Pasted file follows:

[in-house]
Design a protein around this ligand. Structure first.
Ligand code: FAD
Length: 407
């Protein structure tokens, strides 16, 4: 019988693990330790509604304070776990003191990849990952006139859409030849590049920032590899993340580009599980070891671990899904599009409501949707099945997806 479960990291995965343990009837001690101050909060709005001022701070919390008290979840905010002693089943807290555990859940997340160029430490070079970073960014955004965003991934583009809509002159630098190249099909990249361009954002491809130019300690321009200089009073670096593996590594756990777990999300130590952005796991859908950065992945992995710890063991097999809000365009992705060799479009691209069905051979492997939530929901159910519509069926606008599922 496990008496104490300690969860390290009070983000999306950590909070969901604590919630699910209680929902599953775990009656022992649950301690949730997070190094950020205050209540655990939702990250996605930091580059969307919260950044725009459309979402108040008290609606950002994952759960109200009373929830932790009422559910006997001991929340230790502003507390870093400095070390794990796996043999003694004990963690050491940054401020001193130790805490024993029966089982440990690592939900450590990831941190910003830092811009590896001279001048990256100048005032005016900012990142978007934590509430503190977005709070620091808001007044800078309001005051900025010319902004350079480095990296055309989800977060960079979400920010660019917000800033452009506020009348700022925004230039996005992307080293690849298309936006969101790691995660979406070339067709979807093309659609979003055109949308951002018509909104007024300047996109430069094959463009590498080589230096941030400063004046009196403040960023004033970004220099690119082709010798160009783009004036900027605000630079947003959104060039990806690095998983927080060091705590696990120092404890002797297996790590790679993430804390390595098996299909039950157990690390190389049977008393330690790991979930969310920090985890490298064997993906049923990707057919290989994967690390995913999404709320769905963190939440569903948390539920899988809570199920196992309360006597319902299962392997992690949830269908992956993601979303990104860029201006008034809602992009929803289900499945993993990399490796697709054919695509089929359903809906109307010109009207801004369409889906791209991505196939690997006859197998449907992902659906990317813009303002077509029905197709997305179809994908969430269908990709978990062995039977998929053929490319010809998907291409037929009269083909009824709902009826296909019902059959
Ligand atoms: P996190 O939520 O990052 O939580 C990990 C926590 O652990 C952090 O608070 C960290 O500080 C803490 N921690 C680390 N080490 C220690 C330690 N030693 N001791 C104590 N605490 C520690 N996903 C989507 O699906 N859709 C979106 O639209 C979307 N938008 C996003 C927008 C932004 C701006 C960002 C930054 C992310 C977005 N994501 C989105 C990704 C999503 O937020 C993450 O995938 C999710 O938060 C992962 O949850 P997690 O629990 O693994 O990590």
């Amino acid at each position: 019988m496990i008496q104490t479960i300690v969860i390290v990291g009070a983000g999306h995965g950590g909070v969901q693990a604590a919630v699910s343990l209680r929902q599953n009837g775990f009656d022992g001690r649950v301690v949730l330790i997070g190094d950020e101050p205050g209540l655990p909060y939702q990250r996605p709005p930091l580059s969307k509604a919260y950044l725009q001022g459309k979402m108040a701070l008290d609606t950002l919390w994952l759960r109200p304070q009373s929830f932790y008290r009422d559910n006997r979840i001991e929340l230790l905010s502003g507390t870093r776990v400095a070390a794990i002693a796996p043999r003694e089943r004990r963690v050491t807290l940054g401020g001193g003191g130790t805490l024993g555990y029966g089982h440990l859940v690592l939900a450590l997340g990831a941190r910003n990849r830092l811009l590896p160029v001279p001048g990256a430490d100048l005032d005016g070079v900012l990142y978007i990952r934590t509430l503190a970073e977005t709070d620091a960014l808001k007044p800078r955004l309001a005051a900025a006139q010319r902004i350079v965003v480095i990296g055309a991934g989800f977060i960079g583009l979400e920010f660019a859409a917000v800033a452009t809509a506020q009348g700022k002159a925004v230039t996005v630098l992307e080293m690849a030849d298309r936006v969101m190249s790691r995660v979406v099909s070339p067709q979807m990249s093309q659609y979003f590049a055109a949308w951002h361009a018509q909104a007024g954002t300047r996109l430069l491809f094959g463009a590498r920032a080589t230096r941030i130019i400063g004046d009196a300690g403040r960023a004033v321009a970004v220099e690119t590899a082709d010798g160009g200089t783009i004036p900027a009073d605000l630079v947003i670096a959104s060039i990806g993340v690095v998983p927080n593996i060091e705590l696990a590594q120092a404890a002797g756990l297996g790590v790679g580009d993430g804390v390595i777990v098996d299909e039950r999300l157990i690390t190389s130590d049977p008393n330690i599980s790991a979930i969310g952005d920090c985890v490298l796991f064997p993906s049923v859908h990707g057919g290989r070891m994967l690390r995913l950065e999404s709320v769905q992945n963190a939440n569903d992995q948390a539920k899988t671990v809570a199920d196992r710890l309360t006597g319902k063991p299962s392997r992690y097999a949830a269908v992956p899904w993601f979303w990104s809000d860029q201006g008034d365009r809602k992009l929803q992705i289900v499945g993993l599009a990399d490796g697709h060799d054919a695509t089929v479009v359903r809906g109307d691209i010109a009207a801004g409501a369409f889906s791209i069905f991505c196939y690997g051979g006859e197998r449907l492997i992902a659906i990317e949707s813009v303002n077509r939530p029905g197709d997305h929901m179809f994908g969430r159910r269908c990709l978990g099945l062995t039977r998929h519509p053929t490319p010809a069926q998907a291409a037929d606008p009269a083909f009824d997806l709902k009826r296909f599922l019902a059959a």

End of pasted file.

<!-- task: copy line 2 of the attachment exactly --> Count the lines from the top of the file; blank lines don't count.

Design a protein around this ligand. Structure first.